Time and cost are two significant parameters for the R&D of new drugs. The development of a new drug takes about 12 to 15 years and costs about 800 million US dollars. In the R&D process, which consists of four phases, namely discovery and research, preclinical studies, clinical studies and treatment approval, 10 of approximately 10,000 compounds taken into animal testing reach clinical trials and only 1 is approved by the pharmaceutical agencies.11 In this approach, only the preliminary physiological and pathological effects and toxicity results of the tested drug in tissue culture models can be observed. If the in vitro results are promising, the effects of the compounds developed are further investigated using animal models. However, these two models have significant disadvantages. For example, in vitro models cannot fully represent the complex cell-cell and cell-matrix interactions, and this incomplete interaction may lead to erroneous study results.12 Drugs compounds shown to be effective in vitro may be ineffective during in vivo studies. Therefore, unexpected toxicity and low efficacy not detected during in vitro studies represent one of the most common and important causes of drug development failures. In addition, the highest rate of failure in drug development occurs in the second and third phases of clinical trials conducted in the final stages. For this reason, critical studies performed in the earlier stages significantly reduce costs and time spent in the process. The main reasons for the failure of new drug candidates can be attributed to the ineffectiveness of the existing in vivo and in vitro models, and the inability to detect serious side effects through these models.13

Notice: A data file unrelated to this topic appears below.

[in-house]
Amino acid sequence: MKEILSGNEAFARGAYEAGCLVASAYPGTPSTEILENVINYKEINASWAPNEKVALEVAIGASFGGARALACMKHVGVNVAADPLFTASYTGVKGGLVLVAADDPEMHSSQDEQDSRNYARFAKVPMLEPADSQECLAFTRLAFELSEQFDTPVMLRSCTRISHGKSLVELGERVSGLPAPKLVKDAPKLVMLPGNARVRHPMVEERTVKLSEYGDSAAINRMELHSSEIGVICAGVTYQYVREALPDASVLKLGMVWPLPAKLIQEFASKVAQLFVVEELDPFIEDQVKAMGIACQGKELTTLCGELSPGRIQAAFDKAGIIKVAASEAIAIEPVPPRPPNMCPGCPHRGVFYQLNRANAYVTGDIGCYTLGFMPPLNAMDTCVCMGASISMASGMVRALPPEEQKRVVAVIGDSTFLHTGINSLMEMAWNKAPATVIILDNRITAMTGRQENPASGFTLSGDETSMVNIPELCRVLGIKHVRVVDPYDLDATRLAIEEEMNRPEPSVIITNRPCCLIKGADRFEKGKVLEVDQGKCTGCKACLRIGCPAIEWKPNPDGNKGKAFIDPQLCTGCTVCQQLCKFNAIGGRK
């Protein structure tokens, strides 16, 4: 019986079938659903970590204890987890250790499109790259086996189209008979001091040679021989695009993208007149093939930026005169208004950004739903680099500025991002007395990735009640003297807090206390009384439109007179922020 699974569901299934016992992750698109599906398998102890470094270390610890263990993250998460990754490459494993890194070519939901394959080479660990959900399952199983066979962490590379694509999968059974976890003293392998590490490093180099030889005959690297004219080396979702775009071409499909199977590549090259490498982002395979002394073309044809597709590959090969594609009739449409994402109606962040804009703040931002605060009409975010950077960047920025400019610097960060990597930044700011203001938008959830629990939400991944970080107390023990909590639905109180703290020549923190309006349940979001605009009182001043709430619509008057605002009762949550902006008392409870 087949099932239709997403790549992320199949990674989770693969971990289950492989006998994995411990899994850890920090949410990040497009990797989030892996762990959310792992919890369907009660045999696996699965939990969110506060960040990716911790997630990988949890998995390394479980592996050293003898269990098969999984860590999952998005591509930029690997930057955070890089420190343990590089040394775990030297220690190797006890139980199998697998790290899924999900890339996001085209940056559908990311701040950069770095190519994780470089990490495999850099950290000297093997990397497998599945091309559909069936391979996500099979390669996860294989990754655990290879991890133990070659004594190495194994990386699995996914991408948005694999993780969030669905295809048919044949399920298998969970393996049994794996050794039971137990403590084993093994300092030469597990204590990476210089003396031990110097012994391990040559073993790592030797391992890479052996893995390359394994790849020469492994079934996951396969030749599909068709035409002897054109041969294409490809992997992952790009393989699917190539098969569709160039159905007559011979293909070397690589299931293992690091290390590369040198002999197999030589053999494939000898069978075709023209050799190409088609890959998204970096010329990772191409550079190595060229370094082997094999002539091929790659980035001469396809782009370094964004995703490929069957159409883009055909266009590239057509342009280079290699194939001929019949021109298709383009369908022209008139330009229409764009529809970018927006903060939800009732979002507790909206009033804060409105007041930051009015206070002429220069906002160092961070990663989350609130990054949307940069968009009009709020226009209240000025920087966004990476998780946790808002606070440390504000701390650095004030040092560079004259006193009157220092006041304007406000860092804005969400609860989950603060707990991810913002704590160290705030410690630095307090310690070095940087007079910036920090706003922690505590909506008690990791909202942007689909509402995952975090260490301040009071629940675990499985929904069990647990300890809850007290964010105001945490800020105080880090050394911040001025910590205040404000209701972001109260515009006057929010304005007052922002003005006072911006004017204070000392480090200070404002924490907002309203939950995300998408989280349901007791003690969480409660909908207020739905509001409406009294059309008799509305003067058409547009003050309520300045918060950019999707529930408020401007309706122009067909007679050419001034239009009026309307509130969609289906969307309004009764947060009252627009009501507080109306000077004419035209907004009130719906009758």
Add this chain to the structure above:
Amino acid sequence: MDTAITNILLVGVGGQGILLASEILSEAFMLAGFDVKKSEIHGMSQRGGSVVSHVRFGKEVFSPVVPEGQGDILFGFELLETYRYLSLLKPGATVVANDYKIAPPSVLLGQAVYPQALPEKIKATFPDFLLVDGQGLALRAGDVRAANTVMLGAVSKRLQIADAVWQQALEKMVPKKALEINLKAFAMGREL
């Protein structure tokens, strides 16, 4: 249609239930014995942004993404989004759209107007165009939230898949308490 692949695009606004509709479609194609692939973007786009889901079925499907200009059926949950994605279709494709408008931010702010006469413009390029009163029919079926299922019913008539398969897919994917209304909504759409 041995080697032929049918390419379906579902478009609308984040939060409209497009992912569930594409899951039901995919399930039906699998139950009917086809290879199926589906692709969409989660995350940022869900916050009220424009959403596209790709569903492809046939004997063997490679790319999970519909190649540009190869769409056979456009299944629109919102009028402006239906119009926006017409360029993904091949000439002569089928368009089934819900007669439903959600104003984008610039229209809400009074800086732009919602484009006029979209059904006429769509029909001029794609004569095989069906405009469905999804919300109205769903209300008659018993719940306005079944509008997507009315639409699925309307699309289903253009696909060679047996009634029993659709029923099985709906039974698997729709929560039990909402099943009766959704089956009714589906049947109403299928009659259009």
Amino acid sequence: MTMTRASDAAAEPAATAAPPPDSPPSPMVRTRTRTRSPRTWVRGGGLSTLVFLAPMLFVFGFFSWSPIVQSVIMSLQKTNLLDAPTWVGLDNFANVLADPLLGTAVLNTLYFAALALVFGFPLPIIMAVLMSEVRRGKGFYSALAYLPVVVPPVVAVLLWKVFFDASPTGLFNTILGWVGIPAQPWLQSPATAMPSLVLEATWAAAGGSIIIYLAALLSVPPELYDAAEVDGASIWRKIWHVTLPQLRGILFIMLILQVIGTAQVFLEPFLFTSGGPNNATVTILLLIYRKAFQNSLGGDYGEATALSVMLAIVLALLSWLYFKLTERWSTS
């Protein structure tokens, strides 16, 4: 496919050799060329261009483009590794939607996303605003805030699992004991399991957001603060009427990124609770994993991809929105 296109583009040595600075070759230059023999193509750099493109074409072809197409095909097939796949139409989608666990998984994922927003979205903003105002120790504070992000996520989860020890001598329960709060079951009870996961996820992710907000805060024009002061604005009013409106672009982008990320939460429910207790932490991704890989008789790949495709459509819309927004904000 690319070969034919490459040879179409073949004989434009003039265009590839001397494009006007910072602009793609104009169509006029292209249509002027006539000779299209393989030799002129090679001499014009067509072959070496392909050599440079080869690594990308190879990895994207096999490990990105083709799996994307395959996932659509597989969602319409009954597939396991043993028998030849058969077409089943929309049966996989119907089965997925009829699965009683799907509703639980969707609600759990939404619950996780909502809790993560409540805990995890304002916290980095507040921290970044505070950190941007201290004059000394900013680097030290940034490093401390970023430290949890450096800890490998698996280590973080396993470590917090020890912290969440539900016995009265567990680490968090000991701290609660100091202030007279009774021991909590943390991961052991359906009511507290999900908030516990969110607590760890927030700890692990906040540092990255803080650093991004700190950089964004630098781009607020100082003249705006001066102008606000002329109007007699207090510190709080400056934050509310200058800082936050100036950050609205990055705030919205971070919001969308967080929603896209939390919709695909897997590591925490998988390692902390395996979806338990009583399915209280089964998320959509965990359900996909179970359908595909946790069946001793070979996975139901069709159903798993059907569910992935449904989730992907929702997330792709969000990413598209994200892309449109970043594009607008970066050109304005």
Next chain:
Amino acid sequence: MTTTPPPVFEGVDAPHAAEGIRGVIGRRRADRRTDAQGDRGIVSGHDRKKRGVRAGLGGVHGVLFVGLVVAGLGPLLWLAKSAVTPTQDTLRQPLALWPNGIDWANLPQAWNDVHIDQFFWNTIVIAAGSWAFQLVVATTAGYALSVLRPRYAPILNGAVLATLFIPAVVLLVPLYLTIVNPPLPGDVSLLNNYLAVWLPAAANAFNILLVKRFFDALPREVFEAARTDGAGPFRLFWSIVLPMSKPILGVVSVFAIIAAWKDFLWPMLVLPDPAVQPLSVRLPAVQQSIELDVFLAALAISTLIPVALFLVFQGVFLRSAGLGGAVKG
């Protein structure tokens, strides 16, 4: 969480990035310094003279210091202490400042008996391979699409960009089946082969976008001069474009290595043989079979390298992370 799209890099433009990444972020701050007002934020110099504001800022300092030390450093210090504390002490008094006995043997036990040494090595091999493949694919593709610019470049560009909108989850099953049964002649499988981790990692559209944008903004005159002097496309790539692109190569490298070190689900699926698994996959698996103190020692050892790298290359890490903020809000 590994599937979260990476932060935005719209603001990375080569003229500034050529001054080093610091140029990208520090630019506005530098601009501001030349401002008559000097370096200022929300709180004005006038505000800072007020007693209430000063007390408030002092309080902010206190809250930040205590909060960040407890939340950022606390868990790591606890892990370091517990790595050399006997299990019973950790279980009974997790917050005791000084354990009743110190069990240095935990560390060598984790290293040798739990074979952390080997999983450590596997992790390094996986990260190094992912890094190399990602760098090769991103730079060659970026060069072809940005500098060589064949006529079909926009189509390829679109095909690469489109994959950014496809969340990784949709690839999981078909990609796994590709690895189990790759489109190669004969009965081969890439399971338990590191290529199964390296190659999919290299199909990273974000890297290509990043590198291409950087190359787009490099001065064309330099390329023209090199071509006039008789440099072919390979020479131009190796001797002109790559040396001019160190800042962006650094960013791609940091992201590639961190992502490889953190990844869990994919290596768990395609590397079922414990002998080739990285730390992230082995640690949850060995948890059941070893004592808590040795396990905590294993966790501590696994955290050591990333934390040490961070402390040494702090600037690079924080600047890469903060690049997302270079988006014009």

Although the current market size of OOAC technology is not as much as its potential, it was 7.5 million USD worldwide in 2016. According to some estimates, this market size will increase rapidly and may reach 163 million USD by 2023 with the completion of the existing R&D projects and an increase in the acceptance rates of organ chips in pharmacology.14 Considering the use of the animals as well as the high costs, there is an increasing need for innovative alternative research processes which can achieve success in a shorter time, and which can be investigated using target tissue models before starting clinical studies, thus increasing the reliability of the R&D process. Recently developed bioengineered devices which mimic human organs or tissues have emerged as OOAC technology in the literature.15 OOAC is an in vitro technique in which the mechanical and physiological responses of human tissues and organs are recreated and simulated by 3D microfluidic and other micro-scale supported structures.16,17 Cell and tissue cultures made with standard cell culture flasks, petri dishes and well plates have many disadvantages such as being static, lacking extracellular matrix, and having deficiencies in modeling human tissue physiology, pathophysiology and microstructure. Microfluidic organ-chips enable 3D cell cultures in designed microchannels, and by better modeling complex tissues with multi-cell cultures, enable assays which cannot normally be performed with the existing experimental methods to be performed.18 When previous studies on OOAC are examined, it can be observed that the importance of OOACs which can mimic the functions of various living organs, including the kidney, liver, lung, brain, skin, bone marrow and intestine has increased in recent years.19-22 If the liver is taken as an example, the role of both new drug candidates and chemicals such as food additives in liver metabolism should be examined before human use. It is not possible to fully understand human liver tissue cells through animal models. Since in vitro cell lines proliferate on a single surface, they cannot be successfully simulated with liver tissue. With the OOAC design, it is possible to place hepatocytes, endothelium, Kupfer, stellate and iPSC cells into the microchannel in order to enable the physical simulation of the liver, or it is possible to create a spheroid, which is a 3D cell culture form from hepatocytes, and model 3D liver tissue within microchannels via these spheroids.23,24